It was Pakistan’s fault. Quite often they never really get round to starting their innings. You think, after about 10 or 12 overs, that they might begin soon, but then they don’t. Next thing you know, they’ve made 130 and the match is basically over.5 Appeals
Brendon McCullum is a positive person; the kind of irritating, upbeat character who can’t understand everyone else’s entirely logical can’t-do attitude to things. When he was joined at the crease by BJ Watling in the second Test against India on day three, he’ll have thought: ‘Okay, if we can just put on 352 runs for this wicket, we’ll be in with a shout.’
So he and BJ promptly put on 352 runs for the sixth wicket. When the two came together, New Zealand were 94-5 and 152 runs away from making India back again. 123 overs later, when Watling was finally dismissed, they were 200 ahead. At this point, McCullum thought to himself: ‘Okay, if we can just put on at least 125 runs for this wicket…’32 Appeals
That’s a reference to his name cropping up in talk of IPL match fixing and the fact that he’s won 12 international tosses in a row, including all of them on this tour of New Zealand (without yet winning a match). Top tossing, Mahendra. Top tossing.
Even if the perfect toss record continues, the winless streak might end, as India are in a very strong position after day one of the second Test. Ross Taylor’s missus has a lot ot answer for. He’s away for the birth of a new Taylor and New Zealand’s seemingly-resilient middle-order looked rather more wonky without him. Kane Williamson couldn’t even benefit from twice being dismissed off a no-ball.
As for the match-fixing thing, is anyone else surprised by how little coverage there’s been, even if things haven’t yet got past the question marks in headlines stage.15 Appeals
Leading India by 301 runs after the first innings, New Zealand frittered away all but 40 of them in the second innings to ensure an unexpectedly exciting finish to the first Test. If you’re in an almost unassailable position and want to make things interesting for yourself, get bowled out for 105 and invite India to chase a target.
As we said on Friday, India will be tough opponents for England this summer. The fact that they’re losing masks how they’re losing. They’re losing with grit and running good teams very close where once they were just sort of having a bit of a sit-down and waiting for matches to end. They’re genuinely rebuilding rather than just using that word as a meaningless excuse for being beaten.
New Zealand are more building than rebuilding. You could say that they’re exploiting India while they’re in a state of flux, but we suspect there’s more to it than that. They have a middle-order and a well organised seam attack, although they could still do with some reliable opening batsmen.
Another weakness is that they’re full of Trents, Coreys and Kanes. In an ideal world, all Kiwi cricketers would be called Chris, Martin or both.8 Appeals
It’s a week in which teams have been relying on their big name, 30-something batsmen. This isn’t a coincidence. That’s just the way Test cricket works.
Kumar Sangakkara has indulged in some average bolsteration by hitting 424 runs in the second Test against Bangladesh. For their part, Bangladesh managed two runs more than that in their first innings, which isn’t a bad effort.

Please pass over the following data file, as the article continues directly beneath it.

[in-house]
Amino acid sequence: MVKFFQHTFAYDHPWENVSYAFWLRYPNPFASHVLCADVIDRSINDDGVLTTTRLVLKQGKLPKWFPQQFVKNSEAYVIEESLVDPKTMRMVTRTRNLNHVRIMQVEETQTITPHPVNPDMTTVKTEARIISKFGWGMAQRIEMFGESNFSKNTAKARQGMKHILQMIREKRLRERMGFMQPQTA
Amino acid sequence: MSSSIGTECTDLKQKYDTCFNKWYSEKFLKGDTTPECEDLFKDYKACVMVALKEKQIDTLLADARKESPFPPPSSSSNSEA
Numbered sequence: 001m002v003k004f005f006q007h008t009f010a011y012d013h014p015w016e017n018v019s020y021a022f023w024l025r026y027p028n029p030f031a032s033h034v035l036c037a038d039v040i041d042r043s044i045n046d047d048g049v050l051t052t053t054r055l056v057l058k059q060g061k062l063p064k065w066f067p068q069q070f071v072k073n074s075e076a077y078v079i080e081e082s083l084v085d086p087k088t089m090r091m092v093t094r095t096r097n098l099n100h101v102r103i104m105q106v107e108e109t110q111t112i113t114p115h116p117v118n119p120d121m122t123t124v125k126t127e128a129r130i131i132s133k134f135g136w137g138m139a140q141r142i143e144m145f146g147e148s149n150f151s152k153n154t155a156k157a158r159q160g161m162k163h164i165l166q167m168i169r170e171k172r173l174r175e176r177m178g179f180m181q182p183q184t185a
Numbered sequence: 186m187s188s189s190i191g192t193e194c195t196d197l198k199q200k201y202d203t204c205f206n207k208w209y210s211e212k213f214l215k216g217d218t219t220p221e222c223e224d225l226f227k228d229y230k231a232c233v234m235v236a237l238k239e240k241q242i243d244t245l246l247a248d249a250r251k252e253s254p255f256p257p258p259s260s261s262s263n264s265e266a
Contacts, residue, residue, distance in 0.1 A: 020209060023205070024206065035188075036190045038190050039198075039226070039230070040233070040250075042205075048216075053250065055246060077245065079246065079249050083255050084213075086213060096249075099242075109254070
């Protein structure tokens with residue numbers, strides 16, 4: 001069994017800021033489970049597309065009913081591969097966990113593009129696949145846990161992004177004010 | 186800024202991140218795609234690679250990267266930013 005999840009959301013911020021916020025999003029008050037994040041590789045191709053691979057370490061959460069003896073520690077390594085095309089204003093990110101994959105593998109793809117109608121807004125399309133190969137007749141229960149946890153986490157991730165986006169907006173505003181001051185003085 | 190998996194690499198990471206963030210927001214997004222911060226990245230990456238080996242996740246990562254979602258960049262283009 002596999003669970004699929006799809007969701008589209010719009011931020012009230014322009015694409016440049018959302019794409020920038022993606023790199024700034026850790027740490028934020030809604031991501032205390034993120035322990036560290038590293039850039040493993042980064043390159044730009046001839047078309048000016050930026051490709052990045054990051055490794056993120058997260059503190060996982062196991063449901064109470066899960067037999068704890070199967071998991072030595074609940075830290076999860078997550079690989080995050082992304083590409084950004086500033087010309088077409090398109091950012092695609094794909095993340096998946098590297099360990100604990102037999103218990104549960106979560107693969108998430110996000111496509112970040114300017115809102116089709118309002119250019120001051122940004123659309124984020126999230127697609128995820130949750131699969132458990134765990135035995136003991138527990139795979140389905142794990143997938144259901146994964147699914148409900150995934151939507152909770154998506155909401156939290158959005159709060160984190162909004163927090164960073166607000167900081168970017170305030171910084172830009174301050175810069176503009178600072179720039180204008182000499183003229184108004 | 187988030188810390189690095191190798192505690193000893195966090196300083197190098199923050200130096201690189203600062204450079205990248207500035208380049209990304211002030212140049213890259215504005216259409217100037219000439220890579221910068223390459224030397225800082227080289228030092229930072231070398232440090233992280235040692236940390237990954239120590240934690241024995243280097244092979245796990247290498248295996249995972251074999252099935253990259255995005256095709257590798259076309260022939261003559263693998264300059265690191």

In New Zealand, Brendon McCullum made 224 against India, who are now 130-4 in reply. India of course tour England in the summer and after seeing real fight from their batsmen in South Africa, we think they’ll provide stern opposition. Then again, you wonder who wouldn’t fancy their chances of steamrollering England at the minute. No-one even knows who plays for them any more. Cook, Bell, Broad, Anderson…
India’s pace bowling is still pretty wonky, but New Zealand’s is looking stronger these days. At the time of writing, Trent Boult had 74 Test wickets at 26.09 and rarely seems to let them down, home or away, while Tim Southee’s passed 100 wickets by the age of 25. Neil Wagner also bowls for New Zealand.19 Appeals
We ask that not even knowing whether it’s still a draft or not? When does a draft proposal become an official proposal? When they actually come to vote on it? Presumably that’ll only happen once everything’s been thrashed out, in which case official proposal status will be a transient and meaningless state.
Whatever it is, where are we? Our answer is: don’t know.
There have been all sorts of changes in the last few days as the various pedlars, wide boys and shysters tweak things in order to get enough people onside. We’ve heard about a few of these changes, but there is sure to be plenty more going on that we don’t know about.
The upshot is that the future of the sport hinges on a vote on proposals the exact nature of which are unknown to us. Being as the whole thing’s entirely out of our hands anyway, we suppose that doesn’t especially matter in any practical sense.
In other news, Bangladesh got battered by Sri Lanka. You probably saw. Shakib al Hasan was hoping it would be a spicy pitch. Sri Lanka scored 730-6.21 Appeals
India picked Ronnie Irani. Hurray!
The Ronnie Irani in question is Stuart Binny. Speaking at the toss, MS Dhoni said that he would give India a lower order batsman and an additional bowling option. Needless to say, Binny bowls a bit of medium-pace.
How appropriate that he should make his debut in New Zealand, land of the Chris Harris. And what a debut! R Ashwin and Ravindra Jadeja batted ahead of him, so he didn’t make it to the crease and he was then entrusted with a single over, which went for eight.
A specialist number eight who doesn’t really bowl much. Every team should have one.8 Appeals